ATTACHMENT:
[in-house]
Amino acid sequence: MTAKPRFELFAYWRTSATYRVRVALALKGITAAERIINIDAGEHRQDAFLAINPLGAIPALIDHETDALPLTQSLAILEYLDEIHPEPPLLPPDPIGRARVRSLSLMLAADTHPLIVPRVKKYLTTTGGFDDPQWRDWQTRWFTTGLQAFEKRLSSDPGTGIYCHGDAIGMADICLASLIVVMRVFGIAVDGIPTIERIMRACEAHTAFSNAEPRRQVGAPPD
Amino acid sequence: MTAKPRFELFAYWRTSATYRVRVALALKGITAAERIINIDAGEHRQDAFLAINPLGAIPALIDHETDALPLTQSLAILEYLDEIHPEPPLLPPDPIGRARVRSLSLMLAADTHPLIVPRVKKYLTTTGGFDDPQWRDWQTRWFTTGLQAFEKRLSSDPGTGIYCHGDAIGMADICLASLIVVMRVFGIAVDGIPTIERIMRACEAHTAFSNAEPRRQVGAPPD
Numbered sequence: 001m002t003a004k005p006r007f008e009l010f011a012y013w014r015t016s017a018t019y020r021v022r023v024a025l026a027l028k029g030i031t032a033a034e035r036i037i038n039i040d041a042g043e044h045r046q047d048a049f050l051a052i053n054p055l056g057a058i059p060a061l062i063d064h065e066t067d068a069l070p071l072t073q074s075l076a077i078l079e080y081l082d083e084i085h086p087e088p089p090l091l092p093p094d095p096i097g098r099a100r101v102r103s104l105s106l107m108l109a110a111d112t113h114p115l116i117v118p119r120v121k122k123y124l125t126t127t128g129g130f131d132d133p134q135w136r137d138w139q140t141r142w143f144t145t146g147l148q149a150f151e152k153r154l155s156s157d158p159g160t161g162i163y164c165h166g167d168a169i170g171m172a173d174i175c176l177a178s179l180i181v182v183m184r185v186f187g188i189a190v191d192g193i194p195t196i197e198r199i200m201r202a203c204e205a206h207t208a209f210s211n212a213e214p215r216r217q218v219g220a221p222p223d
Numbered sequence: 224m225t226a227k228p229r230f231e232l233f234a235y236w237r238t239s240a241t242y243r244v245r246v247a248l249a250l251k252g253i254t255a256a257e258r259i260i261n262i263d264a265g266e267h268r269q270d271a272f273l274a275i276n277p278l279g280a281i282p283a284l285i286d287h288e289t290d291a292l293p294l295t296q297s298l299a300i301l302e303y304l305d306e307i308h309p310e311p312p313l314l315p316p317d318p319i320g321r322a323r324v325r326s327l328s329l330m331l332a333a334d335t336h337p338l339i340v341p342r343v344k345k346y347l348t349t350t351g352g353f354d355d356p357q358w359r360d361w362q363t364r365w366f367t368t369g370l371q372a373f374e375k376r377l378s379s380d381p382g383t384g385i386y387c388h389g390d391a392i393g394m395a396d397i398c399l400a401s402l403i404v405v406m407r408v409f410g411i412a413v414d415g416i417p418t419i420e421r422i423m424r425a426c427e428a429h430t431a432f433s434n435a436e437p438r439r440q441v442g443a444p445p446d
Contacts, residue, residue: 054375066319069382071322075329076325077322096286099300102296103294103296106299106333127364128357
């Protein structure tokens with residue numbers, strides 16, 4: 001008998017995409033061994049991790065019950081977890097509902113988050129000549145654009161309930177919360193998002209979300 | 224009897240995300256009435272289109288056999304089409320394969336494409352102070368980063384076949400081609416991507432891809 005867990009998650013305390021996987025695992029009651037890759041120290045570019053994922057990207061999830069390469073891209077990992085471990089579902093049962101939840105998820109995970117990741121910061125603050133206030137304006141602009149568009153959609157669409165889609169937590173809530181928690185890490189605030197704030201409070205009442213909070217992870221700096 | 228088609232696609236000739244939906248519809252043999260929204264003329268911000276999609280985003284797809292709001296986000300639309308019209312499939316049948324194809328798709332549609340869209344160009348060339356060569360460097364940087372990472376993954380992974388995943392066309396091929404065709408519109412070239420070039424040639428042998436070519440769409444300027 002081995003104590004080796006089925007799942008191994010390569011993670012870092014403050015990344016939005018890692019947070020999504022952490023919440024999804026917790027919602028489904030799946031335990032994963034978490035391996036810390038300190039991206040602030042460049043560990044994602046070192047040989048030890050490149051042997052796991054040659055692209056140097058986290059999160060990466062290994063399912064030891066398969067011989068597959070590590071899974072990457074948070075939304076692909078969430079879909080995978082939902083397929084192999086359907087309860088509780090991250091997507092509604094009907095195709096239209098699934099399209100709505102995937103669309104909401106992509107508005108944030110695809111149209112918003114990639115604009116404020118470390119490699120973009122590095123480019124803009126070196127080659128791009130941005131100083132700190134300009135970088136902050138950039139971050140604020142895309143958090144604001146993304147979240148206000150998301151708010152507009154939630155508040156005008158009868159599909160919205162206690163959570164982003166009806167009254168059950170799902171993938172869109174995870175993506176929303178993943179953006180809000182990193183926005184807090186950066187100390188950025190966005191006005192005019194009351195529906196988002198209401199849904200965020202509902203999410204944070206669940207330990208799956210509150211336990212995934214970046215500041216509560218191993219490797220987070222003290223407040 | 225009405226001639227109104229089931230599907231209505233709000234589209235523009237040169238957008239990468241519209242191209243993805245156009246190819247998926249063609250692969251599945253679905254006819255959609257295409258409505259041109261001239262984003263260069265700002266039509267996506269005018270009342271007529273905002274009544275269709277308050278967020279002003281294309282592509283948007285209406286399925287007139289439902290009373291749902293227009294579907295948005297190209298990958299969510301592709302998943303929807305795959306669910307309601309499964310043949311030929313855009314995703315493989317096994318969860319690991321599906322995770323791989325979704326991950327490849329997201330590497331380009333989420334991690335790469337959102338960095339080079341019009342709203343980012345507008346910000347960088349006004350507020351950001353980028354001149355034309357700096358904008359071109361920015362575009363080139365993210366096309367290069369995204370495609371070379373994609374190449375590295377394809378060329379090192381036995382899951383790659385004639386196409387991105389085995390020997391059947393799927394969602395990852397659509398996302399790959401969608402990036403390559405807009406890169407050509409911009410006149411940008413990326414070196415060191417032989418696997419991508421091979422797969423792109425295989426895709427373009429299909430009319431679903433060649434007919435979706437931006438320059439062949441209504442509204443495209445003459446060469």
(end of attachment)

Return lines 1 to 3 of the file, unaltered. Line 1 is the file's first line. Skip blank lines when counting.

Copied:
[in-house]
Amino acid sequence: MTAKPRFELFAYWRTSATYRVRVALALKGITAAERIINIDAGEHRQDAFLAINPLGAIPALIDHETDALPLTQSLAILEYLDEIHPEPPLLPPDPIGRARVRSLSLMLAADTHPLIVPRVKKYLTTTGGFDDPQWRDWQTRWFTTGLQAFEKRLSSDPGTGIYCHGDAIGMADICLASLIVVMRVFGIAVDGIPTIERIMRACEAHTAFSNAEPRRQVGAPPD
Amino acid sequence: MTAKPRFELFAYWRTSATYRVRVALALKGITAAERIINIDAGEHRQDAFLAINPLGAIPALIDHETDALPLTQSLAILEYLDEIHPEPPLLPPDPIGRARVRSLSLMLAADTHPLIVPRVKKYLTTTGGFDDPQWRDWQTRWFTTGLQAFEKRLSSDPGTGIYCHGDAIGMADICLASLIVVMRVFGIAVDGIPTIERIMRACEAHTAFSNAEPRRQVGAPPD